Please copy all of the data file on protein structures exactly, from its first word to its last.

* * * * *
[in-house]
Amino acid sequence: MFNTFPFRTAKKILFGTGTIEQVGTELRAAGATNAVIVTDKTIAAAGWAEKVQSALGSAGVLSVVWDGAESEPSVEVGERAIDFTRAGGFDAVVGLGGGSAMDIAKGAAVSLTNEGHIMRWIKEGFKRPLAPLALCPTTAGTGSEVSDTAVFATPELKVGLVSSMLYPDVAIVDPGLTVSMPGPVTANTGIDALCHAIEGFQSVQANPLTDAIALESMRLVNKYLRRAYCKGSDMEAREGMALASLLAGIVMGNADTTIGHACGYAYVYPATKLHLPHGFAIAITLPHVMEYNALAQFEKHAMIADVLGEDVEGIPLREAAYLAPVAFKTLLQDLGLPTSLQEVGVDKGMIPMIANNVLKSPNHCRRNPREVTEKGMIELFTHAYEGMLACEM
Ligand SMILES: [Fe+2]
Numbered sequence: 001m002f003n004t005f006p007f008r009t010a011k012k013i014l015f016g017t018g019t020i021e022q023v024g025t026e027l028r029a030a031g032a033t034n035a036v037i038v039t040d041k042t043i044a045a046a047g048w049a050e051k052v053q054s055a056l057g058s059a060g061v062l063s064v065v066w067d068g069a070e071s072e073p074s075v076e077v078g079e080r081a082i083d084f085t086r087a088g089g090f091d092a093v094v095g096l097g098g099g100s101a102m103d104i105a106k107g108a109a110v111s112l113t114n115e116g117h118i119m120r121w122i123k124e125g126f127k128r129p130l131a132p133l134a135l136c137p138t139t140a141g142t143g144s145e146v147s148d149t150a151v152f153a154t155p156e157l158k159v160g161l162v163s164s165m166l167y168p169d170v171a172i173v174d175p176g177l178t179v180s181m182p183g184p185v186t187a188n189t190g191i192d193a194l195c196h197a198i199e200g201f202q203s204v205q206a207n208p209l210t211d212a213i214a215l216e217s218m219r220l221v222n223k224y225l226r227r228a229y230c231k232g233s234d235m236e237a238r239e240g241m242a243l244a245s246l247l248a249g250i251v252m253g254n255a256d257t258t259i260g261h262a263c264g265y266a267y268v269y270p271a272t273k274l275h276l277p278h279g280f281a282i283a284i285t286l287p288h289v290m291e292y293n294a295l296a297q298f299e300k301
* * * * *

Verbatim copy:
[in-house]
Amino acid sequence: MFNTFPFRTAKKILFGTGTIEQVGTELRAAGATNAVIVTDKTIAAAGWAEKVQSALGSAGVLSVVWDGAESEPSVEVGERAIDFTRAGGFDAVVGLGGGSAMDIAKGAAVSLTNEGHIMRWIKEGFKRPLAPLALCPTTAGTGSEVSDTAVFATPELKVGLVSSMLYPDVAIVDPGLTVSMPGPVTANTGIDALCHAIEGFQSVQANPLTDAIALESMRLVNKYLRRAYCKGSDMEAREGMALASLLAGIVMGNADTTIGHACGYAYVYPATKLHLPHGFAIAITLPHVMEYNALAQFEKHAMIADVLGEDVEGIPLREAAYLAPVAFKTLLQDLGLPTSLQEVGVDKGMIPMIANNVLKSPNHCRRNPREVTEKGMIELFTHAYEGMLACEM
Ligand SMILES: [Fe+2]
Numbered sequence: 001m002f003n004t005f006p007f008r009t010a011k012k013i014l015f016g017t018g019t020i021e022q023v024g025t026e027l028r029a030a031g032a033t034n035a036v037i038v039t040d041k042t043i044a045a046a047g048w049a050e051k052v053q054s055a056l057g058s059a060g061v062l063s064v065v066w067d068g069a070e071s072e073p074s075v076e077v078g079e080r081a082i083d084f085t086r087a088g089g090f091d092a093v094v095g096l097g098g099g100s101a102m103d104i105a106k107g108a109a110v111s112l113t114n115e116g117h118i119m120r121w122i123k124e125g126f127k128r129p130l131a132p133l134a135l136c137p138t139t140a141g142t143g144s145e146v147s148d149t150a151v152f153a154t155p156e157l158k159v160g161l162v163s164s165m166l167y168p169d170v171a172i173v174d175p176g177l178t179v180s181m182p183g184p185v186t187a188n189t190g191i192d193a194l195c196h197a198i199e200g201f202q203s204v205q206a207n208p209l210t211d212a213i214a215l216e217s218m219r220l221v222n223k224y225l226r227r228a229y230c231k232g233s234d235m236e237a238r239e240g241m242a243l244a245s246l247l248a249g250i251v252m253g254n255a256d257t258t259i260g261h262a263c264g265y266a267y268v269y270p271a272t273k274l275h276l277p278h279g280f281a282i283a284i285t286l287p288h289v290m291e292y293n294a295l296a297q298f299e300k301